With a break in the action during a free throw, a Pac-10 official walked over to first-year Oregon State coach Craig Robinson and, motioning to the Beavers' Roeland Schaftenaar, asked Robinson, "Hey, did you bring that kid from Brown with you?"
Confused, Robinson asked which player the ref was referring to.
"He said, 'The big kid,' and I told him, 'No, he was here last year,'" Robinson said, laughing. "And he starts arguing with me. He's telling me how he's been in the league all these years and never saw him before.''
Not surprising. The Schaftenaar who took the floor for the 2008-09 season looked nothing like the man wearing orange the year before.
Then again, neither did the Beavers.
Oregon State plummeted about 12 feet south of the basement in 2007-08, not just finishing last in the Pac-10, but doing it in the ignominious fashion of 0-18.
The rapid turnaround in Corvallis is easily the most impressive in college basketball, proving that Robinson, the brother of first lady Michelle Obama, has more going for him than a well-connected family tree. And Oregon State's run from zero conference wins in '07-08 to 18 overall wins and a CBI title in '08-09 didn't go unnoticed.
In the preseason coaches' poll this year, the Beavers were picked fifth. But none of the four above the Beavers started at zero.
A team that was a laughingstock two years ago now is talking about making its first NCAA tournament since 1990.
And no one is laughing.
"It's crazy, considering where we came from two years ago," Schaftenaar said. "We all heard what people were saying about us, that there wasn't a single player on our team who should even be in the Pac-10. To go from such a low to such a high makes the high even better. The change is amazing."
The change has been most amazing for Schaftenaar. The 6-foot-11 Netherlands product has gone from invisible to impossible to miss, blossoming under Robinson's so-called "Princeton" offense.
Schaftenaar's game -- honed by his 7-2, former-professional-basketball-player father, Philip -- is ideal for the way Robinson wants to coach. Blessed with great court vision, a point guard's passing touch and dribbling skills a guard 10 inches his junior would envy, Schaftenaar is the perfect point-center.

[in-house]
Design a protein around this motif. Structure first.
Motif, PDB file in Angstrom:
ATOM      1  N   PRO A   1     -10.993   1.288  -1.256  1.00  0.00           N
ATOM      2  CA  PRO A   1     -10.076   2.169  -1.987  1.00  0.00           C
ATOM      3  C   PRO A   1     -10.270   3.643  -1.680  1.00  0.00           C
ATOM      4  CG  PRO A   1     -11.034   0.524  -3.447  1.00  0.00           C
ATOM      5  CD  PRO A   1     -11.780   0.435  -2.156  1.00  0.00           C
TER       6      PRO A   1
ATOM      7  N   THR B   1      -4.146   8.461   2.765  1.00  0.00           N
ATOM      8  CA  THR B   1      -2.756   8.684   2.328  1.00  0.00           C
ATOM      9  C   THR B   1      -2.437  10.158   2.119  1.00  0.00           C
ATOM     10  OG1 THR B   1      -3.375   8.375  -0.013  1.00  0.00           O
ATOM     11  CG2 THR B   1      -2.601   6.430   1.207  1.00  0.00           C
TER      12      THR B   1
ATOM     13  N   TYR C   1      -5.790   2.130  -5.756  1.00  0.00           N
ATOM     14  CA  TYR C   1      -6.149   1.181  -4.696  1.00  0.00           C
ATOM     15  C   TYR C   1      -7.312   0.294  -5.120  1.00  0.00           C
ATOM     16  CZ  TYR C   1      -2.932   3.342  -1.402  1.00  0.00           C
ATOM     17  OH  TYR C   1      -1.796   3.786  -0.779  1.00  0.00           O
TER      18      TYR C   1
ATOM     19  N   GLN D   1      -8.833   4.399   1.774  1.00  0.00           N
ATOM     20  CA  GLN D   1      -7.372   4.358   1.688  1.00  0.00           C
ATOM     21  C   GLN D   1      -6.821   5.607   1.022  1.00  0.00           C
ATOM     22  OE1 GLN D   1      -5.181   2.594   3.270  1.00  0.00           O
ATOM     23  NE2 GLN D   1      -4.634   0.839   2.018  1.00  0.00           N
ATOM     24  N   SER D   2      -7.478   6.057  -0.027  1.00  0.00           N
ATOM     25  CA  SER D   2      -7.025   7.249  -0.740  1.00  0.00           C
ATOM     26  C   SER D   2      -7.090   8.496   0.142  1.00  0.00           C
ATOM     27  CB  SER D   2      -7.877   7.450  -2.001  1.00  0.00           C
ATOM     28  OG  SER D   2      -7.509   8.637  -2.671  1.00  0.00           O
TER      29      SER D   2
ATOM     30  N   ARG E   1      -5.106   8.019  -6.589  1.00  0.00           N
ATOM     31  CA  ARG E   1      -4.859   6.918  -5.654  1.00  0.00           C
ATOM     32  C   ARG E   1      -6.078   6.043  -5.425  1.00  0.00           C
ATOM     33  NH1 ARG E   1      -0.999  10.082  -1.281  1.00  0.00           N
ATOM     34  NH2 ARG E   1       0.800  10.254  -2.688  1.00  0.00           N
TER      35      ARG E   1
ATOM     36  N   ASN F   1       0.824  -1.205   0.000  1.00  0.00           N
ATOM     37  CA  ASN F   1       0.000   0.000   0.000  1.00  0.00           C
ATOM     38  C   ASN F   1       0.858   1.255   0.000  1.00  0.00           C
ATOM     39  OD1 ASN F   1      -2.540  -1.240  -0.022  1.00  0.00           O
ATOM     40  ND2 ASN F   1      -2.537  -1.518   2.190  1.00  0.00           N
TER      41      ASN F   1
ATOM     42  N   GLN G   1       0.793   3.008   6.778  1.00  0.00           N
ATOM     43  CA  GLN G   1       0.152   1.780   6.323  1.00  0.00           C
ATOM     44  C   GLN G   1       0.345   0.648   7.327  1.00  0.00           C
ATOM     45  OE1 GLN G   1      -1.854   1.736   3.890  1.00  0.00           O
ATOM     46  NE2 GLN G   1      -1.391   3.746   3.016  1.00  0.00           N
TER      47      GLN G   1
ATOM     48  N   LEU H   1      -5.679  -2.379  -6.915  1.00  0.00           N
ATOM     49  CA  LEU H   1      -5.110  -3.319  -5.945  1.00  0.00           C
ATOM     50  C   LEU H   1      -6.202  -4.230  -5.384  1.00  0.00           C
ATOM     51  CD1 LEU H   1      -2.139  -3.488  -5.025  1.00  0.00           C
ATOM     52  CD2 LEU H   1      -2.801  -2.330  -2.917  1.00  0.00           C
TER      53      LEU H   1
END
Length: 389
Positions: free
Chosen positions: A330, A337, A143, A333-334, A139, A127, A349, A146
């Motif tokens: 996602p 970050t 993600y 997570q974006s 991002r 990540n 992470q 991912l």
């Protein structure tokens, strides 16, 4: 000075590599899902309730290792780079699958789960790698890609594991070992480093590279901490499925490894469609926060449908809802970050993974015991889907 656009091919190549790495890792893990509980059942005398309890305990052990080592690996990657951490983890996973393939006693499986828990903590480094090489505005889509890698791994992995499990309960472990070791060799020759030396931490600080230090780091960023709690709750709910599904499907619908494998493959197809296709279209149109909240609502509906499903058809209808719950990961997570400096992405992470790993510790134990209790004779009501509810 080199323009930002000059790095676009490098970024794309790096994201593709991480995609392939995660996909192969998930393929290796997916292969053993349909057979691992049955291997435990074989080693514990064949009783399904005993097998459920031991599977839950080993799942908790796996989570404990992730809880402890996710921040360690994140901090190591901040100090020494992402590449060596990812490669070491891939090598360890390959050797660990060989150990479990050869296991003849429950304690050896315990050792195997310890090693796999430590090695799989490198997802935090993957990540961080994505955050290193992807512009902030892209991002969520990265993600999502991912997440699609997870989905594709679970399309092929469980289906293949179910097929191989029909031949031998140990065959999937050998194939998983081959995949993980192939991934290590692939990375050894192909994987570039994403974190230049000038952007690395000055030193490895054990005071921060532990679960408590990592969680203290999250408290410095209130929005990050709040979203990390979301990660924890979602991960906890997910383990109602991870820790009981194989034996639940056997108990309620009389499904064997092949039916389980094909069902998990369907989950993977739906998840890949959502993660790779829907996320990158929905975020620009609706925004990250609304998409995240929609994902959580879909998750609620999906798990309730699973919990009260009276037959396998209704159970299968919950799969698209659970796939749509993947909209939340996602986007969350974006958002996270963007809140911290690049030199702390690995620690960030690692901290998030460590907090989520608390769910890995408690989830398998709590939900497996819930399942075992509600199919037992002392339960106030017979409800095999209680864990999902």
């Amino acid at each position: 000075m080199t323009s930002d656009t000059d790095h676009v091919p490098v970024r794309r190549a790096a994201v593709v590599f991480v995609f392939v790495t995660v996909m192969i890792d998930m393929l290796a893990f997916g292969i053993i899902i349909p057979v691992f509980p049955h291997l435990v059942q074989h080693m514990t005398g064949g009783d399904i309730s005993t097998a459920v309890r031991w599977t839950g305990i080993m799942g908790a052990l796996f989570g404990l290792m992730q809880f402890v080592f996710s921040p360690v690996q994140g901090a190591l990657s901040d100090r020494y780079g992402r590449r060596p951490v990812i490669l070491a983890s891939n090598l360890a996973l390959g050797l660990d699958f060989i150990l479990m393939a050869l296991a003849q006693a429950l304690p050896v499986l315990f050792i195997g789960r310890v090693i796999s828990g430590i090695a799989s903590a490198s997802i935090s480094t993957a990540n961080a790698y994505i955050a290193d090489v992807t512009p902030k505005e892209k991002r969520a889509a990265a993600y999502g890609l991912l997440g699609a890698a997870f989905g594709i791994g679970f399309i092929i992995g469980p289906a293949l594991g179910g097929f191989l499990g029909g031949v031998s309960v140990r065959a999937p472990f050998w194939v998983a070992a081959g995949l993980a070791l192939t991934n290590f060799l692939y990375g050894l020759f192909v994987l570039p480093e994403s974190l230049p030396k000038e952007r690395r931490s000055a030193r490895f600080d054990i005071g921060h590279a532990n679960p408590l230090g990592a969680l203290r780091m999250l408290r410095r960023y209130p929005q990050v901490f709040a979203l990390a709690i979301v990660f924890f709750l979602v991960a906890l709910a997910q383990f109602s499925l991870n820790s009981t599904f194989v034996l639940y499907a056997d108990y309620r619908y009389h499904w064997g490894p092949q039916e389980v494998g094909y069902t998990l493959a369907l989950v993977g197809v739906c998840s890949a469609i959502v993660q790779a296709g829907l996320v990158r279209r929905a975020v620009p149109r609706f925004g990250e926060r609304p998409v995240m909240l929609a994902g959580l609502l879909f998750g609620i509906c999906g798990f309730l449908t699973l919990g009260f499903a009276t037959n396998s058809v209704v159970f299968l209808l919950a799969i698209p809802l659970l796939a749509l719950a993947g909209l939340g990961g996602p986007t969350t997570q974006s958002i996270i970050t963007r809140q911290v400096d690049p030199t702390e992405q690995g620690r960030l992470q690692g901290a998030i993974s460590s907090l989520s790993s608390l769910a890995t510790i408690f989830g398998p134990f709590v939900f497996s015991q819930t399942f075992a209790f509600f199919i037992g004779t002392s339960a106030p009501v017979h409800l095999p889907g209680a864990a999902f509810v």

And while the Princeton style might seem to be predicated on 3-point sharpshooters and well-timed back-door cuts, the center is the engine that makes it go. Virtually all the Princeton plays run through the big man positioned at the top of the key. He makes the reads and looks for the back-door cuts. Remember, it was a big man (Steve Goodrich), not a guard, who dished that pass to Gabe Lewullis for Princeton's upset of UCLA in the 1996 NCAA tournament.
"It's not a system; it's players and basketball,'' Robinson said of his style of play. "The thing about the Princeton offense, it's always been about player development.''
For Schaftenaar, getting the new offense and new staff was like tossing off his shackles.
By the end of his sophomore season in 2008, a season filled with turmoil after coach Jay John was fired in January, Schaftenaar was ready to leave Oregon State.
He didn't go so far as to make inquiries, but the thought certainly was in his head.
"I think everybody at the end of that year had a hard time, and I was part of that," Schaftenaar said. "It was just horrible what we went through. That year had just been a mess, and we didn't know any of the coaches when they were hired. I wasn't sure what I was going to do.''
When Robinson came in from Brown, Schaftenaar was still skeptical, but the coach spent the bulk of his early time in Corvallis making the hard sell, in essence rerecruiting the guys on his roster.
When he finally could exhale and survey the landscape around him, Robinson found players hungry to improve. They weren't at all resistant to the new offense, but rather embraced it as perhaps a salvation from losing.
Robinson also realized people were wrong. Oregon State was hardly bereft of talent. It just wasn't using the talent in the right places.
Exhibit A? Schaftenaar.
"He played in the low post before, and that's not his strength,'' Robinson said. "At least it wasn't right away. His skill level is such that he can do anything you ask him to do on the court. He needed a forum to showcase that.''
Given a few months to understand the nuances of his new offense, Schaftenaar strode into the spotlight.
He scorched Stanford for 26, and in season-highlight wins over Cal and the Cardinal, he averaged 20 points, five assists and two steals, helping the Beavers to a Bay Area sweep for the first time in 19 years.
By season's end, he put up 15 double-digit nights, 10 more than he managed to produce in his previous two seasons, and saw a significant jump in his numbers. Overall, he averaged 10.5 points, 4 rebounds and 3.3 assists per game.
Now for the tricky part: continuing to improve when everyone is watching.
Oregon State no longer is everyone's favorite patsy. The word is out on how the Beavers play and the fact that they can play.
The players say the change is welcome -- "Last year, we were still in that negative funk. Now this year, there are expectations on us and we have some of our own,'' Schaftenaar said -- but it's a change that comes with the newfangled world of expectations.
"It's going to be different for everyone, but especially for Roeland,'' Robinson said. "He's going to have to allow us to ride on his shoulder. He played well last year, but now we need him to be the kind of guy who can carry a team.''
In other words, a player everyone notices.
Dana O'Neil covers college basketball for ESPN.com and can be reached at email@example.com.